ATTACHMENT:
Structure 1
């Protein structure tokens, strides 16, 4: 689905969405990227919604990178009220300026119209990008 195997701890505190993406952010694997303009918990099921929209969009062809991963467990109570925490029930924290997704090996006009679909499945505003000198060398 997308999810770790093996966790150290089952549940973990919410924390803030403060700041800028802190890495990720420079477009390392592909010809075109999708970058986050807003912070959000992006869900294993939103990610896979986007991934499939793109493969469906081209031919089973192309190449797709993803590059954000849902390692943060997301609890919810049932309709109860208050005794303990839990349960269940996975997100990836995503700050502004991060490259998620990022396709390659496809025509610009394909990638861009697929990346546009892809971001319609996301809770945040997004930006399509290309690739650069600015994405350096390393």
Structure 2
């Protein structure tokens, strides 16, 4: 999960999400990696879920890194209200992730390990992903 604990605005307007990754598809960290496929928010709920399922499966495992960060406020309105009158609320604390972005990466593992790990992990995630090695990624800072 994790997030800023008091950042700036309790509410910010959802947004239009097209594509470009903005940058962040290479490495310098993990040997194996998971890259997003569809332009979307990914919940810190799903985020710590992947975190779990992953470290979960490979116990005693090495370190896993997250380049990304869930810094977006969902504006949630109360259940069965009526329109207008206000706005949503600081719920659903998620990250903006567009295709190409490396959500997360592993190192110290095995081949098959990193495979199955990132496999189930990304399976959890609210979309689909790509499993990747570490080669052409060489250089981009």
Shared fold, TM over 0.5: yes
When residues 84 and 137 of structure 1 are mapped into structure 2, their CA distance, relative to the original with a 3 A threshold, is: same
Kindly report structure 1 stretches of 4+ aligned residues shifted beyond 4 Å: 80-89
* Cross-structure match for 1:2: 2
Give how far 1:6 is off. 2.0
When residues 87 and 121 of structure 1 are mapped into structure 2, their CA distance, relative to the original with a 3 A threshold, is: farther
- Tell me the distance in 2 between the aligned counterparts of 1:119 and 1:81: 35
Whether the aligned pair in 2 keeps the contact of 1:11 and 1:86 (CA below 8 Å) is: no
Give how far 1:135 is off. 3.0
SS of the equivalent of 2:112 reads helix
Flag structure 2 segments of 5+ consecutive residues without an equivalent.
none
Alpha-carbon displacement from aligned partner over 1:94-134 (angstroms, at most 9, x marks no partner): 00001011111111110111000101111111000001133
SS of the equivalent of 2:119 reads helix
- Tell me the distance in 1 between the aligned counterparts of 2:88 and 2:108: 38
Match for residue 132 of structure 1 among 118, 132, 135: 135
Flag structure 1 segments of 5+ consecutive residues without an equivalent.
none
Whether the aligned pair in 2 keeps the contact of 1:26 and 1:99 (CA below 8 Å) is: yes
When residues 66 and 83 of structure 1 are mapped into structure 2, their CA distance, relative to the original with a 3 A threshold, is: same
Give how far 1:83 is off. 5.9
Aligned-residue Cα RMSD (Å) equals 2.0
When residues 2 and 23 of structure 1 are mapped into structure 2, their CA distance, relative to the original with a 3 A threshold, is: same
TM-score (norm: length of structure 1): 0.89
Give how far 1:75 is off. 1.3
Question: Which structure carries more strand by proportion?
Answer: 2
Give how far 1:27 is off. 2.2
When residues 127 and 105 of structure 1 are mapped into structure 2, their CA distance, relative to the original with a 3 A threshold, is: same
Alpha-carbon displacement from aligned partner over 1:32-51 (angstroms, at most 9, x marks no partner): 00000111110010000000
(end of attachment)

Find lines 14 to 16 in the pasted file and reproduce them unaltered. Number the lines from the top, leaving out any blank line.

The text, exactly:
SS of the equivalent of 2:112 reads helix
Flag structure 2 segments of 5+ consecutive residues without an equivalent.
none